Androgen receptor (AR) signaling is the central signal transduction pathway in prostate cancer. Many different epigenetic mechanisms affecting this critical pathway play a role in disease initiation and progression. This includes the presence of AR variants that are constitutively transcriptionally active, interference with histone demethylase coactivators, and the formation of gene fusions of AR-responsive genes with transcription factors like ERG.
Androgen Receptor (AR) transcripts can include cryptic exons, which result in early termination of translation and proteins lacking in the ligand binding domain. AR-V7, a variant arising from a cryptic exon, leads to aberrant transcriptional regulation and is frequently expressed in castration-resistant prostate cancer (CRPC).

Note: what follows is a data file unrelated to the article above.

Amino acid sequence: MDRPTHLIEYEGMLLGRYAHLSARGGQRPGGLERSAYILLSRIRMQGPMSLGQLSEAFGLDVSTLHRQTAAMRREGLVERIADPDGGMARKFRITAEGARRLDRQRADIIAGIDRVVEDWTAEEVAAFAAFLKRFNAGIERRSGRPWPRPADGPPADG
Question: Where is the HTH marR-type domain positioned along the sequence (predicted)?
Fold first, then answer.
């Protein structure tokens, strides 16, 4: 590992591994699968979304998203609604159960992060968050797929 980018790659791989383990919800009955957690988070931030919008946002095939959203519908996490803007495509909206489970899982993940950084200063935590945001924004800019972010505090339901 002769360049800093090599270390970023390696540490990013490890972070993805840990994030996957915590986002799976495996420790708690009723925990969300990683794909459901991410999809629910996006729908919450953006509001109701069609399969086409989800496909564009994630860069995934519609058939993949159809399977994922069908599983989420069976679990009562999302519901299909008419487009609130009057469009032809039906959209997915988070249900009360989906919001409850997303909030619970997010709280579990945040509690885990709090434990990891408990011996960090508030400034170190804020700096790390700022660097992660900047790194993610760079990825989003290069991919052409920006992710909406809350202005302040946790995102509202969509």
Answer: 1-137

In some prostate cancers, Glucocorticoid Receptor (GR) signaling may aberrantly override expression of AR targets, inducing further cancer progression and AR-treatment resistance. In these instances, inhibition of Ezh2, which can act as a coactivator for Androgen Receptor, offers additional treatment options.
HOXB13 is a transcription factor and marker of prostate cancer that is used to identify metastasis.